I tell you what is REALLY weird, get the 1950s version of the 'Glenn Miller Story' out on DVD sometime (starring Jimmy Stewart). We all know its set from the 20s to when he died in WW2 but almost all the clothes (especially in the 30s and 40s period) are full on 1950s garb!! I've seen this in quite a few movies made in the 50s (The Benny Goodman Story is another) where they are trying to portray the 30s and 40s but still wear 50s clothes! Odd, check it out sometime. Even here in the movie poster shes wearing 50s clothes:
    You mean like this?
    Seems pretty accurate to me, compared to this actuall ww2 photograph :

    The only thing is that Ben Affleck's hat appear crushed which isn't really that accurate as fighter pilots wore flying helmets with integrated headsets instead of that cap and a regular headset like the bomber pilots did (for some time at least). Bomber pilots would remove the stiffener so the headset would feel more comfortable being worn over the cap, thus creating that "crushed" look.

  7. #87
    One of the Regulars ThemThereEyes's Avatar
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    I know this is not a Golden Era related film, but seeing this scene in Sophia Coppola's Marie Antoinette was really funny. They were the shoes Kirsten Dunst wore under costumes when her feet weren't visible.
    http://styleinspades.files.wordpress...uturedetat.jpg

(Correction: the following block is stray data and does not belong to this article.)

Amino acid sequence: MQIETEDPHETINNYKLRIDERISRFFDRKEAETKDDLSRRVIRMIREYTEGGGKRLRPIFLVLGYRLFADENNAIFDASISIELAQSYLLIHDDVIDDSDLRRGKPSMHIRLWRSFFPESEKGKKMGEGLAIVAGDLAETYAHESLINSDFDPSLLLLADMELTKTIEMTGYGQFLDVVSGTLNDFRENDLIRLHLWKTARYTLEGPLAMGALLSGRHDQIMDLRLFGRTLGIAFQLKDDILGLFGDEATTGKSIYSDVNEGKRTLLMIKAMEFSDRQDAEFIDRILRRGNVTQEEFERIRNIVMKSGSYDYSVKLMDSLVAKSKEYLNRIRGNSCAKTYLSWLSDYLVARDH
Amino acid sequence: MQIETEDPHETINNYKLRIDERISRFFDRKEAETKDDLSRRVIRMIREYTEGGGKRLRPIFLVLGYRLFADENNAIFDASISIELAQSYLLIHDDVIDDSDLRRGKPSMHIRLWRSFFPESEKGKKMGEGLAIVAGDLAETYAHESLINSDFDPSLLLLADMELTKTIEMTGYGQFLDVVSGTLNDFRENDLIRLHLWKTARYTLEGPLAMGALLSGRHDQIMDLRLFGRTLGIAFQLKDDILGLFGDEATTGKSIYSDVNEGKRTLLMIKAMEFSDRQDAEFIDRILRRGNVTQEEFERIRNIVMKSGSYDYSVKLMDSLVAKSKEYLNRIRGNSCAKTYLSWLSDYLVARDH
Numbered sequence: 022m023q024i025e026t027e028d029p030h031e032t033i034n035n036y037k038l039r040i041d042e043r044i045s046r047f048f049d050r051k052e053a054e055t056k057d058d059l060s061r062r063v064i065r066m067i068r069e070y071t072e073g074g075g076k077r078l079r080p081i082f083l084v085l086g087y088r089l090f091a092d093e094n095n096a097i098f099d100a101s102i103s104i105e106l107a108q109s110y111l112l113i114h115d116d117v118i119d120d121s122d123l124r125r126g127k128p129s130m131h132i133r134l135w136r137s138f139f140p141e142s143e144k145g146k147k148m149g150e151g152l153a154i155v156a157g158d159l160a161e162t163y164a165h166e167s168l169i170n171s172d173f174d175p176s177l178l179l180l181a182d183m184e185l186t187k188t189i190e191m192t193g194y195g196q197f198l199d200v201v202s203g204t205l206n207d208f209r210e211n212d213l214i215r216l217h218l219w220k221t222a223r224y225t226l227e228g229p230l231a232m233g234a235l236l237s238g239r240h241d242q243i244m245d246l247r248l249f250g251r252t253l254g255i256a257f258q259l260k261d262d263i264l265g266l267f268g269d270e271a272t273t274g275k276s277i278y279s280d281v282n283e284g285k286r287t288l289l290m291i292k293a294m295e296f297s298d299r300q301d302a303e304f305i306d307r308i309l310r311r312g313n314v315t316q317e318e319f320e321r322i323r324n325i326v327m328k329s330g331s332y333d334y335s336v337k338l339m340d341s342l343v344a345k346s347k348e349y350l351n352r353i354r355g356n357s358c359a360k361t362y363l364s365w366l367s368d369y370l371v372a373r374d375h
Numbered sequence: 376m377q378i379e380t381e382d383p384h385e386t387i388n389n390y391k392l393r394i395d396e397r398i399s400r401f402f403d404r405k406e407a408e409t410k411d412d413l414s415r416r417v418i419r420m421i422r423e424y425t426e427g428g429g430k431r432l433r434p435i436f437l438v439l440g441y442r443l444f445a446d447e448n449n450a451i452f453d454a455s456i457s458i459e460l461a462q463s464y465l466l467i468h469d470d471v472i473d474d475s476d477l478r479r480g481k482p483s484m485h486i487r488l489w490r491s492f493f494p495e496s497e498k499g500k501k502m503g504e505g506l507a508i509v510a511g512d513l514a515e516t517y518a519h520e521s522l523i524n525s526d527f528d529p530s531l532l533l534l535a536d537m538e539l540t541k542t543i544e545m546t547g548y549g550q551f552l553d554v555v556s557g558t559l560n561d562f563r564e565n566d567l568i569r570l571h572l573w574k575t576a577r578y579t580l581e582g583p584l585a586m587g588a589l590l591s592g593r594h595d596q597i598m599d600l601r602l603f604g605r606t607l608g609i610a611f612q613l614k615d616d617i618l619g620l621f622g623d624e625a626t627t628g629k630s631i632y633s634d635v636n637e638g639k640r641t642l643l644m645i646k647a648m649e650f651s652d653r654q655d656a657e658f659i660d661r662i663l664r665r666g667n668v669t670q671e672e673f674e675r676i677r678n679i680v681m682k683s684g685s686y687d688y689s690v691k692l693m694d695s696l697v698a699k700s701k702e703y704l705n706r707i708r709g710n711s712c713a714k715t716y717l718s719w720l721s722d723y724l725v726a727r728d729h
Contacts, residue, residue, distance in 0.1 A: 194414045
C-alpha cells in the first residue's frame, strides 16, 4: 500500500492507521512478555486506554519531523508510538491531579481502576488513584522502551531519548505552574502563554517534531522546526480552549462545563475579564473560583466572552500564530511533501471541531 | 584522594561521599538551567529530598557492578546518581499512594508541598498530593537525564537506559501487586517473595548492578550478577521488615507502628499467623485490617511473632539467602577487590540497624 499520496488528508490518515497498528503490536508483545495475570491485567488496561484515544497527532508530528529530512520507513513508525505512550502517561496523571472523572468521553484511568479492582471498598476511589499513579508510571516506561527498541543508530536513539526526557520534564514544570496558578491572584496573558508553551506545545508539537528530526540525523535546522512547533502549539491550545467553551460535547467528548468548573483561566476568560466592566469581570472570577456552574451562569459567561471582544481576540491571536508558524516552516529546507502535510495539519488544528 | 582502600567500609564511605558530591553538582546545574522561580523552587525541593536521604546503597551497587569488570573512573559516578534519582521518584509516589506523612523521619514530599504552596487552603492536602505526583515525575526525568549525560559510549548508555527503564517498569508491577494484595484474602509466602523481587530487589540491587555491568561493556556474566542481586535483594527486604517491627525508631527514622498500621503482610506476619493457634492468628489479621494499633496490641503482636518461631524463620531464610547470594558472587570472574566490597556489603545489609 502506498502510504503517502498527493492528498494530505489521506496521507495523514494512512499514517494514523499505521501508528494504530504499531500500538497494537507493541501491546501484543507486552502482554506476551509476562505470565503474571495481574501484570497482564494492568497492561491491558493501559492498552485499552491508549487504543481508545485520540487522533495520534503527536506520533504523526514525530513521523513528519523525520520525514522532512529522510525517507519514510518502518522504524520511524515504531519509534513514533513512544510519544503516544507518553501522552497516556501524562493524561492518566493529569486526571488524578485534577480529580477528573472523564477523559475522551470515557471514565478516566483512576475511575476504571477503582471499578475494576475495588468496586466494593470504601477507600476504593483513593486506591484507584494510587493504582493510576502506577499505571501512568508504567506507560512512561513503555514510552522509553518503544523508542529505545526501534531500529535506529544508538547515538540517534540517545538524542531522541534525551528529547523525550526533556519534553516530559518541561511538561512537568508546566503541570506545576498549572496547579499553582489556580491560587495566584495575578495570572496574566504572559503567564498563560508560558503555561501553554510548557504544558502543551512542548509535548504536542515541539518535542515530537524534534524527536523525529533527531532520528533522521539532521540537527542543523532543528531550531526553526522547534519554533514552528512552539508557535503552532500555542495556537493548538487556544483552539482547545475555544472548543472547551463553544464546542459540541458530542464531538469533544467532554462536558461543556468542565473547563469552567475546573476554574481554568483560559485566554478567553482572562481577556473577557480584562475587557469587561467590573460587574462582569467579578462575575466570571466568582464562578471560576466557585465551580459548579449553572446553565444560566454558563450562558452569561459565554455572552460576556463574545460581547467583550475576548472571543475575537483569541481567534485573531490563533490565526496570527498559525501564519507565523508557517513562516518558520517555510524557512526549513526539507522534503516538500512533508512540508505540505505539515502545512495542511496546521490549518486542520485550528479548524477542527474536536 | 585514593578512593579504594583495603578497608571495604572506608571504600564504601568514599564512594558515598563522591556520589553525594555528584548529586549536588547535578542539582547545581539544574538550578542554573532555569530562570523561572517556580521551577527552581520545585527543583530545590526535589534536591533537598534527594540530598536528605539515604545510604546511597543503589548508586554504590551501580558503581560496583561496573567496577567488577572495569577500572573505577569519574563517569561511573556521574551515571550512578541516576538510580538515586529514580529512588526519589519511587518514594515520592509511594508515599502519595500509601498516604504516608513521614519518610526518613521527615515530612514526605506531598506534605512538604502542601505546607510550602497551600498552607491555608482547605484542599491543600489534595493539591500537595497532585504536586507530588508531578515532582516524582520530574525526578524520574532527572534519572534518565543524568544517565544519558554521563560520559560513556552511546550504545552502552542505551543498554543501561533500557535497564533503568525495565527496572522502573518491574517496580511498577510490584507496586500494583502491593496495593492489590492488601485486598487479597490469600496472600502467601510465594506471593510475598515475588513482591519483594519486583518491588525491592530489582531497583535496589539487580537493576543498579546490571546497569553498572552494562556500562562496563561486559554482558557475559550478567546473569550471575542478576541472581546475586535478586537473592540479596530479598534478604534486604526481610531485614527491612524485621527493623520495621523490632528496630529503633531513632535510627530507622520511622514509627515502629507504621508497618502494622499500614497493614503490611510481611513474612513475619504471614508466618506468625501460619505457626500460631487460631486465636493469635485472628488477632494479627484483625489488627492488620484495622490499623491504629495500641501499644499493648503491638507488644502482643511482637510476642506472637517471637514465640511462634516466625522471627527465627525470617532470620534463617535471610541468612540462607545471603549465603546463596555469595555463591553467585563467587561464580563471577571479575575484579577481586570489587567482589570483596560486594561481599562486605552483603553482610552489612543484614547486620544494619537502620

Also that macarons weren't around yet, and they are seen all throughout the film.

  8. #88
    Incurably Addicted AtomicEraTom's Avatar
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    I've never spotted that one, but will now be on the lookout for it!

    Quote Originally Posted by Stanley Doble View Post
    I'm not picky about details, however I did notice a green 1968 Chev in American Grafitti. It was only on the screen for a split second but it was there. Anyone else notice it?

    And no, it did not spoil the movie for me.
    -Tom N.

    I tell it like it used to be.

  9. #89
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    I've watched a few episodes of a telly show "Murdoch Mysteries" and the thing that struck me as bizarre from the get-go - would a woman have been working as a coroner in the 1890s?
    More than somewhat.

  10. #90
    Practically Family BigFitz's Avatar
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    Watching "JFK" yesterday and one of the flashback scenes the day of the assassination showed a Ford Mustang that wouldn't come out for another 6 months.

    Also, in "Animal House" set in 1962 one of the songs used was "Cherish" by the Association which wasn't released until 1966.